# Relative consistency proofs using proper class models

Are there any easy relative consistency proofs in set theory that can be done using proper class models, rather than set models?

The only easy one I can think of is proving the consistency of $\mathsf{ZF}$ relative to $\mathsf{ZF} - \text{Foundation}$ using the class $\text{WF} = \bigcup_{\alpha \in \text{Ord}} V_\alpha$ of well-founded (i.e. hereditary) sets.

The next ones I can think of are the consistency of $\mathsf{ZFC}$ relative to $\mathsf{ZF}$, using $\text{L}$ or $\text{HOD}$, and the consistency of $\mathsf{ZF} + \mathsf{CH}$ relative to $\mathsf{ZF}$, using $\text{L}$. But these are a bit harder. Are there any more that are as easy as the one using $\text{WF}$?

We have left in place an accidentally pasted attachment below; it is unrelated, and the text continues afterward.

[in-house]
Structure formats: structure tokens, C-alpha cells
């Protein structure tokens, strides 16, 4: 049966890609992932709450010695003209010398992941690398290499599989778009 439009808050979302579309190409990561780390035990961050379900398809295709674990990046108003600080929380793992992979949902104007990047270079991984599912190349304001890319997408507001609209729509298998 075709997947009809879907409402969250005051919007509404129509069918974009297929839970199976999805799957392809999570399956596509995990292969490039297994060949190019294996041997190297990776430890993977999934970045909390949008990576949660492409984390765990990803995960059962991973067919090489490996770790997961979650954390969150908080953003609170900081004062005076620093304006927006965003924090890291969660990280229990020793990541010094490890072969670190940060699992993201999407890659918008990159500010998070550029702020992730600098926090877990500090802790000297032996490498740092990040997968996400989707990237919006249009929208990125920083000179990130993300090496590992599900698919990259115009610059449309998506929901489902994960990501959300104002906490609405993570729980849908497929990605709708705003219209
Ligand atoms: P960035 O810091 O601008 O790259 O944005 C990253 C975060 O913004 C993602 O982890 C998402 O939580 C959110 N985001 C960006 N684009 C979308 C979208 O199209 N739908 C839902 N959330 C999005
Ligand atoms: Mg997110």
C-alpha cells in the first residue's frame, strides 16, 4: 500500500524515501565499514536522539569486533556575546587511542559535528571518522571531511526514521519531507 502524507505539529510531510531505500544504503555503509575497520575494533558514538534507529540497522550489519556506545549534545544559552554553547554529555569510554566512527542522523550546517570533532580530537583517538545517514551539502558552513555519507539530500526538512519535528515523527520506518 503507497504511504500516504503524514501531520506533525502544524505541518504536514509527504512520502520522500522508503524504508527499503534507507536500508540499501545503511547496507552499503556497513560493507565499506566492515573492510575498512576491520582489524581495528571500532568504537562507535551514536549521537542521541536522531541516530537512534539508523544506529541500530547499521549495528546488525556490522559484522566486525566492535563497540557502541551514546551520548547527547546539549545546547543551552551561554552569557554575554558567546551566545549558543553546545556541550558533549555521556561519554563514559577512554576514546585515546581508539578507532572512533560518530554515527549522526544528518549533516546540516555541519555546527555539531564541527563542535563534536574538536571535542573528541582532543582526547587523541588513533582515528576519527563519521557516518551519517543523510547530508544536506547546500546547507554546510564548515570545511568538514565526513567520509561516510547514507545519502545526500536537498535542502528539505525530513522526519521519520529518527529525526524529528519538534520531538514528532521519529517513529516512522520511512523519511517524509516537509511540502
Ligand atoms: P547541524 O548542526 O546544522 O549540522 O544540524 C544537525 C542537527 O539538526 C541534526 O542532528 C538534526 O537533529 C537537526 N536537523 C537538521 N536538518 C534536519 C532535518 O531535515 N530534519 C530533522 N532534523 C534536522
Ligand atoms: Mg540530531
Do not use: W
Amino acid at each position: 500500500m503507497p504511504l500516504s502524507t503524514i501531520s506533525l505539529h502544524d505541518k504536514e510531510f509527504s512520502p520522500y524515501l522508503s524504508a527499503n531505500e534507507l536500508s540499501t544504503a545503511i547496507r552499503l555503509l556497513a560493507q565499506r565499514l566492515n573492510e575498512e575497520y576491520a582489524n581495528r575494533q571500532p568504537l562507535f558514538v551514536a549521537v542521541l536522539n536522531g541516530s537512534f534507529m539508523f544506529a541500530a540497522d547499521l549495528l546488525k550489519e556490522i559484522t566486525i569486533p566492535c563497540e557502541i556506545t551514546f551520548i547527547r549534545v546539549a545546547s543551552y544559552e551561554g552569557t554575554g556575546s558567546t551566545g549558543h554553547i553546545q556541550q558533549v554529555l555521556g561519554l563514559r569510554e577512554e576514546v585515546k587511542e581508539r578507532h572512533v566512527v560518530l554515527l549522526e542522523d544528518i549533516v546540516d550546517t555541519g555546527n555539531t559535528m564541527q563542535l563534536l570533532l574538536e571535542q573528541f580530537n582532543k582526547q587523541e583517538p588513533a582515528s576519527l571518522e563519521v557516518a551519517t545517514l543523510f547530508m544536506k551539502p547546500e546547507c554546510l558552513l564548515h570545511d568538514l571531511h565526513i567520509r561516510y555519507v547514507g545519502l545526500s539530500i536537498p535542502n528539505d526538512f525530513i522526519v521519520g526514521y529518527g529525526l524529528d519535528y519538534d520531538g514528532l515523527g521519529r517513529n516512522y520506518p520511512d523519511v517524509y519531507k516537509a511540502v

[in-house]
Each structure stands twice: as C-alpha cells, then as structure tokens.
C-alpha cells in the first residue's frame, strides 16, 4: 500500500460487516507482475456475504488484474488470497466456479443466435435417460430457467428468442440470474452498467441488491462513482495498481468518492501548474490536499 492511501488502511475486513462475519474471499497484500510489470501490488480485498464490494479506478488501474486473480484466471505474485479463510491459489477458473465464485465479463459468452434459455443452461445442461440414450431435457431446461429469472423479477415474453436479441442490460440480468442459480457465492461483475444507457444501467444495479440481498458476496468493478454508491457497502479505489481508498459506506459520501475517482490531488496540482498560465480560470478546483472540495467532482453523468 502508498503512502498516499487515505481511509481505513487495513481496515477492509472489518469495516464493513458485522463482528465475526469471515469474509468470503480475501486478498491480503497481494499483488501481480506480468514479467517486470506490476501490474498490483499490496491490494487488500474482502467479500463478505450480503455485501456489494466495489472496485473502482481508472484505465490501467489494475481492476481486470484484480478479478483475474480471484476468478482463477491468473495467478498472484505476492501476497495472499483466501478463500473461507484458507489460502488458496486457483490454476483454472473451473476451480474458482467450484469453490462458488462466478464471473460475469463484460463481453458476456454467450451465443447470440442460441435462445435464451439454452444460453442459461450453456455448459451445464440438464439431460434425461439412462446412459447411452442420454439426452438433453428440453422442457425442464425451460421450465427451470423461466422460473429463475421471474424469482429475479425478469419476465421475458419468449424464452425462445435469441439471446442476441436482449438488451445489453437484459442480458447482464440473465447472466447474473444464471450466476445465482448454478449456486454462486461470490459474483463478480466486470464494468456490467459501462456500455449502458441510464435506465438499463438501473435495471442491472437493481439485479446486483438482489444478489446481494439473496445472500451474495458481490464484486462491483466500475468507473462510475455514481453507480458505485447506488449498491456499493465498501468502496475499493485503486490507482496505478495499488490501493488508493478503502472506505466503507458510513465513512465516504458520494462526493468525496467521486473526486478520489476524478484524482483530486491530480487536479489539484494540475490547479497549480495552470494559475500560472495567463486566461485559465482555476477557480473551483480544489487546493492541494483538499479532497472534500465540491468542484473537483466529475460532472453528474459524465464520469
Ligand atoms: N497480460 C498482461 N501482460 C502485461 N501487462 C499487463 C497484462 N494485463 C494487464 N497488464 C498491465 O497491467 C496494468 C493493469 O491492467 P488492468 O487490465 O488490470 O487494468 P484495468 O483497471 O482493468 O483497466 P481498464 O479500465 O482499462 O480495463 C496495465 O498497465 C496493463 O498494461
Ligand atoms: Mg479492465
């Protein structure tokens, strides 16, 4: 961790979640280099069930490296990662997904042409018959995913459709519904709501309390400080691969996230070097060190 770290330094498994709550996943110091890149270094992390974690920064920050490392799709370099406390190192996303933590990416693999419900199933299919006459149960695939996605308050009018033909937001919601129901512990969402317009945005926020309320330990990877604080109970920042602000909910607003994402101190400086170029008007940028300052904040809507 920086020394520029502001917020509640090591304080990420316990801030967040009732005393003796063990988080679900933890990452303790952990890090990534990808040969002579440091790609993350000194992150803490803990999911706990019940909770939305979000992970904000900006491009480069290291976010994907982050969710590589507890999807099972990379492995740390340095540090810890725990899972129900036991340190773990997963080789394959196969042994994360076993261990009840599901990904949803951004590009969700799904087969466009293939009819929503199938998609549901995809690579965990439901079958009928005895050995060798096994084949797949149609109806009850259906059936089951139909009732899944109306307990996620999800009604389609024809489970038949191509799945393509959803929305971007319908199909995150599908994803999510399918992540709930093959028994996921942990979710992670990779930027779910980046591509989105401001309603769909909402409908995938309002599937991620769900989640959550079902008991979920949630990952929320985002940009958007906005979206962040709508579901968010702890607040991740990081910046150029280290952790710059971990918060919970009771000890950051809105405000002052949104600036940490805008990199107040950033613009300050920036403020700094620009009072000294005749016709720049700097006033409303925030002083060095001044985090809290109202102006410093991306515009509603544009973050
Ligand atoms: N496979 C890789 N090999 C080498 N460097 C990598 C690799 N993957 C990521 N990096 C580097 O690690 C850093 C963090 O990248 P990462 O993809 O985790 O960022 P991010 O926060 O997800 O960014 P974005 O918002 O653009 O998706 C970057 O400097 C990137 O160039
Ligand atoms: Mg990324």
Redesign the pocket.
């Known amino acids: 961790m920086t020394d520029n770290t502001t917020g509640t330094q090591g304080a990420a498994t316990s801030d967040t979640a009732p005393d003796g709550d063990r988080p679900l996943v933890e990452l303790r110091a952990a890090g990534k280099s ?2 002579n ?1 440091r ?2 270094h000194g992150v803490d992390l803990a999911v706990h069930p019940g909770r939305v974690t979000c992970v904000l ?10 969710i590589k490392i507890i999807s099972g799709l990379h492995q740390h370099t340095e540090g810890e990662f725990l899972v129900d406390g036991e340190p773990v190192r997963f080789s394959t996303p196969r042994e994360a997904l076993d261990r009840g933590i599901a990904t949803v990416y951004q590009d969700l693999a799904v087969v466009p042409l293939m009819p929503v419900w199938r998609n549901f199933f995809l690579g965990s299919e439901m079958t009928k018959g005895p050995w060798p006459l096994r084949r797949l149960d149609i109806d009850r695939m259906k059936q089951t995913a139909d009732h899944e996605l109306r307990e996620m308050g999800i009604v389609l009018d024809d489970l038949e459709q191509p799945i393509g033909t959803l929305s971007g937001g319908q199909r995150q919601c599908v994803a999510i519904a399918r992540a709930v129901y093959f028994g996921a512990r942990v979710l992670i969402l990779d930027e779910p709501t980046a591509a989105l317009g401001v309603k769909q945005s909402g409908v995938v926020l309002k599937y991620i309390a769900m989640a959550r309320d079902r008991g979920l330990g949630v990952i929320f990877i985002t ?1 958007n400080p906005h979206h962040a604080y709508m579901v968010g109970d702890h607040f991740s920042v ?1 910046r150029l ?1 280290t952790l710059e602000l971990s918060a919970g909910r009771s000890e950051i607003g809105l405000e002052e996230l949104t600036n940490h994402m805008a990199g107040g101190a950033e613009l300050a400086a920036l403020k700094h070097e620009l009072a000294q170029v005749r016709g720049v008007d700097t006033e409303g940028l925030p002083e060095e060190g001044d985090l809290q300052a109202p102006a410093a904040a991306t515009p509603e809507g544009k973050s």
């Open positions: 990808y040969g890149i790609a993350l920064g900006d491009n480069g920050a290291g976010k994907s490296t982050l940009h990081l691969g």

EDIT: By "easy" here I mean that it does not involve encoding formulas as natural numbers, or formalizing the satisfaction relation. I consider showing one theory to be consistent relative to another theory using proper class models and relativization to be easier than proving formalized consistency statements using set models and the formalized satisfaction relation. For this reason, I am teaching it first in my class. However, this advantage of using proper class models is nullified if I have to use the formalized satisfaction relation to construct $\text{L}$ or $\text{HOD}$.

• You cannot do this for sentences $\sigma$ false in $L$, as if you could create a proper class model $M$ in $\mathsf{ZF}$ of $\sigma$, we could still create it in $\mathsf{ZF+V=L}$, but as $Ord\subseteq M$, $M=L$. – Camilo Arosemena-Serrato Nov 25 '13 at 4:43
• @CamiloArosemena Good point. But perhaps one can still do something interesting where the desired sentence $\sigma$ is simply an axiom of $\mathsf{ZF}$ but we are only assuming some fragment of $\mathsf{ZF}$, as in the example with $\text{WF}$. – Trevor Wilson Nov 25 '13 at 4:49